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2) Fly With A CFI/CFII: A CFI can fly with you in actual or simulated conditions in order for you to regain currency. To fly in the clouds, they must be instrument current, otherwise the flight must be conducted under VFR. The only time the instructor must be a CFII is when logging dual received flight time towards an instrument rating under 14 CFR 61.65(d)(2).

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3) Complete A Full IPC: Anytime you complete an Instrument Proficiency Check, you automatically become current for the next 6 calendar months. As you'll learn about below, the IPC requires fewer approaches than normal currency requirements, so it could be a great way to get things done quickly with an experienced instructor.

Your 6 Month Grace Period Is Over... Now What?

If your 6 calendar month grace period has expired and you're still not instrument current, you must complete an Instrument Proficiency Check (IPC), which is very similar to an instrument checkride. You no longer have the option to go out and just fly with a safety pilot or CFI to log approaches, tracking and intercepting, and holding. The check may be conducted by an examiner, company check pilot, or CFII. You'll find these tasks on an IPC:

  • Nonprecision Approach
  • Precision Approach
  • Missed Approach
  • Circling Approach
  • Partial Panel Approach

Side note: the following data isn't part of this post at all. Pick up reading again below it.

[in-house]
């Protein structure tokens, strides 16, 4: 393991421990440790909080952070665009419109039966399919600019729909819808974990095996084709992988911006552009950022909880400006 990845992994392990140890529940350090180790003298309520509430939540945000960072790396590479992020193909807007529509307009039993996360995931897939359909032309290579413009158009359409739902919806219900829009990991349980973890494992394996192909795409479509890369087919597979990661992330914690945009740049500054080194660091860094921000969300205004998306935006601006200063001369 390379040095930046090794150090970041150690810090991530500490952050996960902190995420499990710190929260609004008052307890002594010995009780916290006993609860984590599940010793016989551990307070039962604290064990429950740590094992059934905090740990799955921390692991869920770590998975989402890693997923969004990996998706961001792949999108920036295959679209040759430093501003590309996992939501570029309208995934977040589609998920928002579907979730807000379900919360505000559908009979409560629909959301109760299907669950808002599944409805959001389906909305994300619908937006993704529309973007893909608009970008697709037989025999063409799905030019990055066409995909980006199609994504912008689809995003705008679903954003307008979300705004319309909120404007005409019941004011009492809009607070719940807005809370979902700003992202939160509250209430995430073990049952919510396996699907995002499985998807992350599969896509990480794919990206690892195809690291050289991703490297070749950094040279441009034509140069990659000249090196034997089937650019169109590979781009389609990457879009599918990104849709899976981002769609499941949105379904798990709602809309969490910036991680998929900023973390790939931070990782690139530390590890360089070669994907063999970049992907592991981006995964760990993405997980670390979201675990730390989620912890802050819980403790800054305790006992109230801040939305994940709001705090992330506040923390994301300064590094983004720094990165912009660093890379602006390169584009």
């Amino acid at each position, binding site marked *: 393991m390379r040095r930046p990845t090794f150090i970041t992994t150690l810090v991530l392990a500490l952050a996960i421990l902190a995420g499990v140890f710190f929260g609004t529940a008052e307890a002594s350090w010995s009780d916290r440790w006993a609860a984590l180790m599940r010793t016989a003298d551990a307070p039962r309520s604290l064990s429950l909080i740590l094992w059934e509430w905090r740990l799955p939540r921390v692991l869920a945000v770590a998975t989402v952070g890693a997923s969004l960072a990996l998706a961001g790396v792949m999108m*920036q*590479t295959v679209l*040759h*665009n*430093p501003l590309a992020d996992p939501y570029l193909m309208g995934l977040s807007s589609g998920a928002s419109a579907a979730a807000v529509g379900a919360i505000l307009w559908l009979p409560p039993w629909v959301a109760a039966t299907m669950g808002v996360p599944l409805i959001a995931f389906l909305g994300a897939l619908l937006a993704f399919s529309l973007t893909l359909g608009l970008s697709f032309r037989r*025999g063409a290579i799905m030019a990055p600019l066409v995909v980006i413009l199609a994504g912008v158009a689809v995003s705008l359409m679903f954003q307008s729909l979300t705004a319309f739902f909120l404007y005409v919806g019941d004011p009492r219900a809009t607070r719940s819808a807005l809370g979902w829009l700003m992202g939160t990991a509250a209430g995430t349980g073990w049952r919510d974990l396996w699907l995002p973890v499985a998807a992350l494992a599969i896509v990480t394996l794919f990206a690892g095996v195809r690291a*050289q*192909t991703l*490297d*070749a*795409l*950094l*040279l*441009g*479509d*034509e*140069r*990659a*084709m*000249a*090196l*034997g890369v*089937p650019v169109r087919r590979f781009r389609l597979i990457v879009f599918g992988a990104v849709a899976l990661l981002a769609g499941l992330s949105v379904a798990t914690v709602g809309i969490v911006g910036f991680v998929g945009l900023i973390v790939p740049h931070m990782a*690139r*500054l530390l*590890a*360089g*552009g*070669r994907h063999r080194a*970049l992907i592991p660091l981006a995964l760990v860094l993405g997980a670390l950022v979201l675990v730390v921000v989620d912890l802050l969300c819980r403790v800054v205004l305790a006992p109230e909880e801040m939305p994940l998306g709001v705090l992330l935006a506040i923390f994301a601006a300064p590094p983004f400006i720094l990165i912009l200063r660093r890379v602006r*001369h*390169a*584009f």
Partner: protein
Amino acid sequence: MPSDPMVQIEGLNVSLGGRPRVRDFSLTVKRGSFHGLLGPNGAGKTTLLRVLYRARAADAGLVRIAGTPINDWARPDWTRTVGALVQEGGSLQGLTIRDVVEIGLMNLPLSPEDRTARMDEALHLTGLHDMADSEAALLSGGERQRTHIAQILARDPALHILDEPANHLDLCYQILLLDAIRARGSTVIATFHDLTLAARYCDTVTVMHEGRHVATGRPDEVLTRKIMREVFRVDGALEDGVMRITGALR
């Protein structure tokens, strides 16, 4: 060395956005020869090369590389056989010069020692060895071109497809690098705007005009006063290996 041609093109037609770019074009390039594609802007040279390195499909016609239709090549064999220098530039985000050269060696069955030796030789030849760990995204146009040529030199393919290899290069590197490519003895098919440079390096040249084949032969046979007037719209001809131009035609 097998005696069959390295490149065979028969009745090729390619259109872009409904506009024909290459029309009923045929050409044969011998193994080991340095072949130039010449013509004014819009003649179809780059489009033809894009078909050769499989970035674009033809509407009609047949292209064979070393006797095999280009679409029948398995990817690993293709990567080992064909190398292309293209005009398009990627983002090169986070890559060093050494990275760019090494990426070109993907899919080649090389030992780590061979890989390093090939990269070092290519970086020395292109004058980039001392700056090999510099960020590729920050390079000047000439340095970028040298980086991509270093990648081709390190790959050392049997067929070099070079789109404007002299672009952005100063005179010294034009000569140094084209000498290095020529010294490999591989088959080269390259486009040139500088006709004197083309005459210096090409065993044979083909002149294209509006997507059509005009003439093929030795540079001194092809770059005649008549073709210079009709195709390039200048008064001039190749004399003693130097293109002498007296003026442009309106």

• Recovery From Unusual Attitudes
  • Intercepting and Tracking
  • Holding

The full list of requirements for conducting an IPC can be found in the current version of the FAA Instrument Rating ACS on page A-11 (2017).

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Currency Scenario 1

1) Joe wanted to file an IFR flight plan to Duluth for a fishing trip on September 1st. Was Joe current for the flight?

  • Yes! From March 1st through September 1st, Joe logged 6 instrument approaches with tracking/intercepting and holding.

2) If Joe did no approaches after his checkride in January (ignore those logged), when would his currency have expired?

  • July 31st. Starting August 1st, Joe would no longer be instrument current.

3) Based on the approaches logged, when will Joe's currency expire?

  • September 30th. Starting October 1st, Joe would not be current. Counting back 6 calendar months between April 1st and September 30th, only 4 approaches were logged and no holding was logged.

4) In order for Joe to regain currency for October, what must he log with a safety pilot onboard?

  • 2 instrument approaches with holding, or an IPC.

Currency Scenario 2

1) Based on the records above, is Joe current in September?

  • No! While he has logged 6 approaches, he needs to fly and log holding procedures to regain currency.

2) Looking at the timeline above, when will Joe's currency expire if he does no new approaches in the New Year?

  • December 31st. Starting January 1st, he would not be current. Joe will need to complete an IPC beginning on July 1st if he does not fly for 6 calendar months between January and June.

An Easy Way To Remember Currency Requirements

If you're having trouble remembering currency requirements, use the acronym "6-HITS."

  • 6: Approaches
  • H: Holding
  • I: Intercepting
  • T: Tracking

Easy enough, right? Remember these are baseline requirements to maintain instrument currency. To be a proficient and safe instrument pilot, you'll need to fly much more often.

Swayne Martin

Swayne is an editor at Boldmethod, certified flight instructor, and an Embraer 145 First Officer for a regional airline. He graduated as an aviation major from the University of North Dakota in 2018, holds a PIC Type Rating for Cessna Citation Jets (CE-525), and is a former pilot for Mokulele Airlines. He's the author of articles, quizzes and lists on Boldmethod every week. You can reach Swayne at swayne@boldmethod.com, and follow his flying adventures on his YouTube Channel.